I have always been fascinated with the Medieval period. When I was a professional
musician, music from that time was my favorite. I love the clothing, architecture, perhaps just the remoteness of a civilization from so many years
Of course, there's the unsavory side. The abuse of people, the gruesome and constant battles, disease and general lack of comfort for all but the very rich. And those pretty dresses probably stunk on a hot day with no deodorant, and most likely a lack of general hygiene for the common person.
In any case, here is a great little book that gives an overview of this period, each chapter discussing a different aspect of life from the fall of the Roman Empire to the 1500s. Coulton's lively discussion keeps the reader engaged; there is enough information to be interesting and enlightening, written in an uncomplicated manner without becoming tedious. It doesn't cover fashion or hygiene, but mostly deals with how the growth of the Christian Church influenced so many aspects of society.
It begins with "Chaos and Reconstruction" which provides a summary of reorganization after the breakup of the Roman Empire, and how the growing Christian Church remained the last vestige of power in Rome. After Constantine embraced it and made it the State Church, other religions were tolerated but considered superstitious. Even as barbarian invasions continued, the Church powers—bishops and priests—were generally left alone.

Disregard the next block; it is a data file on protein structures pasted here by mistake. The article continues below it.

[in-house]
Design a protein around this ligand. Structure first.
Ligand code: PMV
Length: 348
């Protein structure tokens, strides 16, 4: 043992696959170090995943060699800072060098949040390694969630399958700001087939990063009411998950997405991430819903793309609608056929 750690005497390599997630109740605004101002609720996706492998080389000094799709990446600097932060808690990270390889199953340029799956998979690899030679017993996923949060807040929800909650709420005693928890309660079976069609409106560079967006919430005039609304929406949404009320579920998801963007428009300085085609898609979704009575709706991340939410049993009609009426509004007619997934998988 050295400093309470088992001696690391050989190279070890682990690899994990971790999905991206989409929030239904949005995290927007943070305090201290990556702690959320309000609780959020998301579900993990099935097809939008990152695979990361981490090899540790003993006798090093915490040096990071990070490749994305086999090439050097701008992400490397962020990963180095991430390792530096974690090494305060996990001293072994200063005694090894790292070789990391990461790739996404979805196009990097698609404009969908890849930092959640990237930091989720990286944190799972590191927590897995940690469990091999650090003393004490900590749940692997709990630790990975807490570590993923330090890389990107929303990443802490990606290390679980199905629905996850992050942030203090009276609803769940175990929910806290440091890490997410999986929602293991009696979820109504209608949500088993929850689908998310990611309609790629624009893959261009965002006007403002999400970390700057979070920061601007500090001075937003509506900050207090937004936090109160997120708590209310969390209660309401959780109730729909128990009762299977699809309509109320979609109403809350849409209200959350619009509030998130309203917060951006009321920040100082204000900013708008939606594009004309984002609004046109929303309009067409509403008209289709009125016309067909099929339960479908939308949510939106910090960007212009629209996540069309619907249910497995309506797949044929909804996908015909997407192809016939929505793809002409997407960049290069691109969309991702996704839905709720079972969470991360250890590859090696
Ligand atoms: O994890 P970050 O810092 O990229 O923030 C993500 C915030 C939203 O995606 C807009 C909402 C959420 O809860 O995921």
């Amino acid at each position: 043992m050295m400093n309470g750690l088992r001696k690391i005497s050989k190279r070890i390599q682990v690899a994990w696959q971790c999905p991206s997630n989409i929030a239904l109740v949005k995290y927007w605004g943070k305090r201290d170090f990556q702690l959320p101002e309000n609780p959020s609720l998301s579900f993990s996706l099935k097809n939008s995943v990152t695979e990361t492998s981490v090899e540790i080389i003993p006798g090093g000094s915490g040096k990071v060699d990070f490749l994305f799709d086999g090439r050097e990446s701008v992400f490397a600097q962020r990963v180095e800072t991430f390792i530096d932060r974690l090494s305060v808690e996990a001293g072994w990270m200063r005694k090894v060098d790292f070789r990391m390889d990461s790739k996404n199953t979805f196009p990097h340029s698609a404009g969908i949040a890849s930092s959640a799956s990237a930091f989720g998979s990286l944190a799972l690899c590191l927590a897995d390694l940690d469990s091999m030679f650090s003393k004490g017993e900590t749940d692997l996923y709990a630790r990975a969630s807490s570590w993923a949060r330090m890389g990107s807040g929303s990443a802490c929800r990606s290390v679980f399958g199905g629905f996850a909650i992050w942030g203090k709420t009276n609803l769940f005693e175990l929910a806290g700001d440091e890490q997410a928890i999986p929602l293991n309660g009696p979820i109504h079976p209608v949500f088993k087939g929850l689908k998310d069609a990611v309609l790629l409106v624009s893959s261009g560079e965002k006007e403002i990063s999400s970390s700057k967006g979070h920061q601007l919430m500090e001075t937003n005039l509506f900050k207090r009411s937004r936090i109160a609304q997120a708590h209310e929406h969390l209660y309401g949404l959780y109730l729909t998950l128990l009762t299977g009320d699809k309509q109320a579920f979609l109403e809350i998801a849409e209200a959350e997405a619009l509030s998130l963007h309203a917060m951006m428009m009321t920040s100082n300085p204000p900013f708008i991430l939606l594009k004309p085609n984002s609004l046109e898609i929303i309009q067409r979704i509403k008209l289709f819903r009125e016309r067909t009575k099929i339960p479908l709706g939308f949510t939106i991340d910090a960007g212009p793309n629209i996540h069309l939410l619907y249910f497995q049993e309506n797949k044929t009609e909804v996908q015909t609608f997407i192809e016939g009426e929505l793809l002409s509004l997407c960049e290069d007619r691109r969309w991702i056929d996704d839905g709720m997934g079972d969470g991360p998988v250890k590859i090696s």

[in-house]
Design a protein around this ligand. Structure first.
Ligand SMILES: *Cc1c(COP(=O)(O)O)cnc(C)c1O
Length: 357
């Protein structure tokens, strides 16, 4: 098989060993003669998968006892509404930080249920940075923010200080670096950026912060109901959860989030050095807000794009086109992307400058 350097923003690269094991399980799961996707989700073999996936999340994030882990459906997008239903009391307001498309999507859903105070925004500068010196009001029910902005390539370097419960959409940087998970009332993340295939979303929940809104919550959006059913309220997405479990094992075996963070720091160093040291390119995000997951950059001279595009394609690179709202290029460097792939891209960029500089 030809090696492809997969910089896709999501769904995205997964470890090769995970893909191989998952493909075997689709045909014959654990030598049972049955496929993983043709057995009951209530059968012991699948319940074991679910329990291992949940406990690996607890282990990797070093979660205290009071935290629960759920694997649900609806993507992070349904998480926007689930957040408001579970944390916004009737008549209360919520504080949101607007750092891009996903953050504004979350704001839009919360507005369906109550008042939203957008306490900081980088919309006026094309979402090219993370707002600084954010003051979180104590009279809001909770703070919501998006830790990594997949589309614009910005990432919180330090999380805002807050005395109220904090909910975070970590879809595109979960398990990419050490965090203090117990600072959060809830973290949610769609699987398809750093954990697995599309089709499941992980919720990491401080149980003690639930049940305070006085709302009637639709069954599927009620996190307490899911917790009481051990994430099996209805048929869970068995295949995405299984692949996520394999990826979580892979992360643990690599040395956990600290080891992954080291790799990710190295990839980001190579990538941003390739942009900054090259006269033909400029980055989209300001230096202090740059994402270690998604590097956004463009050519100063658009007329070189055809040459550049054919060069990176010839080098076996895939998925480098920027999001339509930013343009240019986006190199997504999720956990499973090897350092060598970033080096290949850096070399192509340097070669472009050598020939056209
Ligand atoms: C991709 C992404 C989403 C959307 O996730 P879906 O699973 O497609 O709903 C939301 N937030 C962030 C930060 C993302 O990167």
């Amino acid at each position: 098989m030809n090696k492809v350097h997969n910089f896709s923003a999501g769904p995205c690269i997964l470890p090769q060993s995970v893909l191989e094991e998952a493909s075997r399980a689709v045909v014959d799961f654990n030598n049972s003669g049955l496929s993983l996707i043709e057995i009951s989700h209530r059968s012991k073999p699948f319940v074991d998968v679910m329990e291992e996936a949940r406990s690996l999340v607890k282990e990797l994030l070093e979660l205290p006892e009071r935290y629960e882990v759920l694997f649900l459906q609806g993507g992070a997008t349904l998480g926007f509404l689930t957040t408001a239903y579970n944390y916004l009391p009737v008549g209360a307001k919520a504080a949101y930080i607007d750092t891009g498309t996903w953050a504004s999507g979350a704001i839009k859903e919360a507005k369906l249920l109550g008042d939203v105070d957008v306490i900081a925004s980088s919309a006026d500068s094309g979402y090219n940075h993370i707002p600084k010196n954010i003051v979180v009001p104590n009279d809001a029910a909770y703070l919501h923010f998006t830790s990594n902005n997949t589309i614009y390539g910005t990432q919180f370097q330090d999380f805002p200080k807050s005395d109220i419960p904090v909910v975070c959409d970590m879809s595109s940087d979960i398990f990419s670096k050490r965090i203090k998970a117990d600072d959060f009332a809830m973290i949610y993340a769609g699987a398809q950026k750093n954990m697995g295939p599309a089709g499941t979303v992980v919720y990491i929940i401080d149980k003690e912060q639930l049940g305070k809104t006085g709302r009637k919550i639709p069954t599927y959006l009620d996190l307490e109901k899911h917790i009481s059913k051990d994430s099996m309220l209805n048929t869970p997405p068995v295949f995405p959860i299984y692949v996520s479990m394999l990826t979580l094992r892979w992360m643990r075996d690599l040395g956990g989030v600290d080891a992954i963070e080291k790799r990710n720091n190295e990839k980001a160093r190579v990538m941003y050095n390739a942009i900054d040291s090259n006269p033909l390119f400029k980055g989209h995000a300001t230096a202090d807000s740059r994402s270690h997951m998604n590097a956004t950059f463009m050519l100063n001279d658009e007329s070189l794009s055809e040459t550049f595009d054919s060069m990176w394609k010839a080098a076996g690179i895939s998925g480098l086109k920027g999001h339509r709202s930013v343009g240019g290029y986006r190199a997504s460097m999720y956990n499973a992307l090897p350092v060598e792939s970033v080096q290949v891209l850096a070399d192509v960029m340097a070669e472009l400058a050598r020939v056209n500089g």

Coulton points out that one negative aspect of the growing power of Christianity was that it "cast overboard, as useless or even noxious, a great deal of what was noblest in ancient thought."
Another line of thought that was very influential in this period was the belief of the Second Advent, the return of Christ, and the certainty that it would happen quickly. Much personal energy went toward the salvation on one's soul, thus making the spiritual aspect of life more important than the material aspect.
"Dante leaves very few seats to be filled in his Paradise; and, if he could be recalled to earth, he would probably be less surprised at any modern invention, than that the world had lasted 600 years after his death. . . . Therefore, while the best Medieval thought was deeply serious, and penetrated with the sense of personal responsibility, yet it sometimes suffered from an impatience which was the defect of these qualities; the world-fabric might crash as any moment; what was the use of painfully beginning a long and continuous chain of facts and inferences which involves the labor of whole generations or centuries, when a few years or even weeks might bring the consummation of all things."